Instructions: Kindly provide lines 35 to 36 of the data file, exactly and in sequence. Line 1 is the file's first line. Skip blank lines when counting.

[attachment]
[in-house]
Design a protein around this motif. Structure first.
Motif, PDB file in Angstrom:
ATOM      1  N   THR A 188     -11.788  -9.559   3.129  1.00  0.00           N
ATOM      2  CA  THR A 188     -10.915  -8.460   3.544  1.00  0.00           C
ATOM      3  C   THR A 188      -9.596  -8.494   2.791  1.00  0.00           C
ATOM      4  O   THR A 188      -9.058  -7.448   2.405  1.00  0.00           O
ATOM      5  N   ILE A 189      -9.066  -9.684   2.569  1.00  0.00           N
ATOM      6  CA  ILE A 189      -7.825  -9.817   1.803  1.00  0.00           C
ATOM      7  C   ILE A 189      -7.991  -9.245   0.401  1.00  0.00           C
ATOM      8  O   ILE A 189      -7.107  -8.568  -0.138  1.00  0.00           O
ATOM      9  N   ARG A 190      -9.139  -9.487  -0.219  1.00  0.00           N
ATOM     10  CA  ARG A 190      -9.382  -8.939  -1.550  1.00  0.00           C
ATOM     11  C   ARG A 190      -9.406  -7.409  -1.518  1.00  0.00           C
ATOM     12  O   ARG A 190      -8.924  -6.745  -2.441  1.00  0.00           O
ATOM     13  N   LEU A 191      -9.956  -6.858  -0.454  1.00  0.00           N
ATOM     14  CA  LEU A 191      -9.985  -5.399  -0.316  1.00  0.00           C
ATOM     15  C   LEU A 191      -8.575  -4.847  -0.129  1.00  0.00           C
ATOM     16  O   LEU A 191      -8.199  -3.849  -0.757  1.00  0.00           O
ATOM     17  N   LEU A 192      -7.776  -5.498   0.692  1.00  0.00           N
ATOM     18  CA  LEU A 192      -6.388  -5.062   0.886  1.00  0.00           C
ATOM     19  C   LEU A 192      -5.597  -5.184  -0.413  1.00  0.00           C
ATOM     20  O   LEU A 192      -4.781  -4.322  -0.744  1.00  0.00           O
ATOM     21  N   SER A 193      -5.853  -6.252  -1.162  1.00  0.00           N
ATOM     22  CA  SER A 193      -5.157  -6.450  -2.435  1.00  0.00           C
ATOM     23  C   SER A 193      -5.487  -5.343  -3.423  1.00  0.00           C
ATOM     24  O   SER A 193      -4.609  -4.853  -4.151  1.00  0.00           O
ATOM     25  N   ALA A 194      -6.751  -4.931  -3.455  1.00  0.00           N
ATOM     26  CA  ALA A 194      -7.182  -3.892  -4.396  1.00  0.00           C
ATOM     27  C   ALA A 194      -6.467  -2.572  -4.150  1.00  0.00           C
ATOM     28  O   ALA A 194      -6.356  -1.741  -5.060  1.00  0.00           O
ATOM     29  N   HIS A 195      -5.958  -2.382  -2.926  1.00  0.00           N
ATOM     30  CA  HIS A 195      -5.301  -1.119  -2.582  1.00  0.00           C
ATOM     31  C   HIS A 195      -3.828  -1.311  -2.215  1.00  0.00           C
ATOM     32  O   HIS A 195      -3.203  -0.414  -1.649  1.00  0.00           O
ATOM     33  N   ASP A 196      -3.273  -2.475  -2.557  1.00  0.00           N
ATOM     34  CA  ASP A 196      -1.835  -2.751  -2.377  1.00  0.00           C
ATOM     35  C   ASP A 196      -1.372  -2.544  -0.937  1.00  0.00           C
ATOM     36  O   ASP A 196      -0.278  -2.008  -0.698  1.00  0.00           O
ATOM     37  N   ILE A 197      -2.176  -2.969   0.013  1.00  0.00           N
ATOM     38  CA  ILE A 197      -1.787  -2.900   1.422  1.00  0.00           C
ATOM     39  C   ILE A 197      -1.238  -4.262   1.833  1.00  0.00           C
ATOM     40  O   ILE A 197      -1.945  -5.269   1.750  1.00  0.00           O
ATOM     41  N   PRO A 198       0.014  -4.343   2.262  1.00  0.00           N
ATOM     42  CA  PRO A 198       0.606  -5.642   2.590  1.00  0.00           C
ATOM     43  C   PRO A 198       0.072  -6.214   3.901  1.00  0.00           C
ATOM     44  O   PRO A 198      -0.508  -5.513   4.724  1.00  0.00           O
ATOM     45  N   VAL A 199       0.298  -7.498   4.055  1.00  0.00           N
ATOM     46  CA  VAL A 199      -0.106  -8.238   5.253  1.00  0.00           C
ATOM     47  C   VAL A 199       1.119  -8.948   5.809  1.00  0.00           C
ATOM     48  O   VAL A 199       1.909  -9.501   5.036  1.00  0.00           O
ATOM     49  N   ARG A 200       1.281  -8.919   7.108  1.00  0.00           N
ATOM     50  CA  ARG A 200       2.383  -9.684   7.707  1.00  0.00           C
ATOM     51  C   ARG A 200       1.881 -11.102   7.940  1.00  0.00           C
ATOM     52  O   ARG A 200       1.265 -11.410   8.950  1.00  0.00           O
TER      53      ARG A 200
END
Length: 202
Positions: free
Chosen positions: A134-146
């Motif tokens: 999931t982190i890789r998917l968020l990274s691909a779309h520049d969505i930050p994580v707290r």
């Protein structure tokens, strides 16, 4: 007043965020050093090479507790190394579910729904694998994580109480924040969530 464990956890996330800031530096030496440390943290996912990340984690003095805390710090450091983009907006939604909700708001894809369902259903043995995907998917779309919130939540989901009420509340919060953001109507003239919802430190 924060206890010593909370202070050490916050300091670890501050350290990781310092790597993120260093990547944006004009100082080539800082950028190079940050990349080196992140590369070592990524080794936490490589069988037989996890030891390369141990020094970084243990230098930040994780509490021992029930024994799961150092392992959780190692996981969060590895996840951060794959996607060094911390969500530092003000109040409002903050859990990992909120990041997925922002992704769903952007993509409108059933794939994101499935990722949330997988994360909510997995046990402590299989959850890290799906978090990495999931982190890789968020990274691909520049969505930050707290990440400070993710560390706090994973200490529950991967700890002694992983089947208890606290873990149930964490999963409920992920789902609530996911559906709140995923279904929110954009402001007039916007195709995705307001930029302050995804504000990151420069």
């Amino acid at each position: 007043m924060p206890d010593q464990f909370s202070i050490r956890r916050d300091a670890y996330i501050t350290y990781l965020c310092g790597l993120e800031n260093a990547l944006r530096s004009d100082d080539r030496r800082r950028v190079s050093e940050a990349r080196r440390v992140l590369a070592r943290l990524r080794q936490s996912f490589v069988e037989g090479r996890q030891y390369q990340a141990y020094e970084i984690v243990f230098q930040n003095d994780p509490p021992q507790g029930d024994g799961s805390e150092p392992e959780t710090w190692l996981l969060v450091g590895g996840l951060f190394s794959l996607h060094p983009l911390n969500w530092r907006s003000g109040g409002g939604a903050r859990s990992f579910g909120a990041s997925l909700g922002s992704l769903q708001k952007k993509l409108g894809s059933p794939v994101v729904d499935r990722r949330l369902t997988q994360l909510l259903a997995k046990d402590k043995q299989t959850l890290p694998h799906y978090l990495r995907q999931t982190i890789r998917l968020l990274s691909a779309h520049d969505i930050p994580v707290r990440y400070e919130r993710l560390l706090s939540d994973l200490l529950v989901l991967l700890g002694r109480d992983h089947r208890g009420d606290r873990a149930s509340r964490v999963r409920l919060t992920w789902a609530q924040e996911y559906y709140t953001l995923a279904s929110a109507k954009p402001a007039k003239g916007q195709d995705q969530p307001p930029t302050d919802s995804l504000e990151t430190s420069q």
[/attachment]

ATOM     32  O   HIS A 195      -3.203  -0.414  -1.649  1.00  0.00           O
ATOM     33  N   ASP A 196      -3.273  -2.475  -2.557  1.00  0.00           N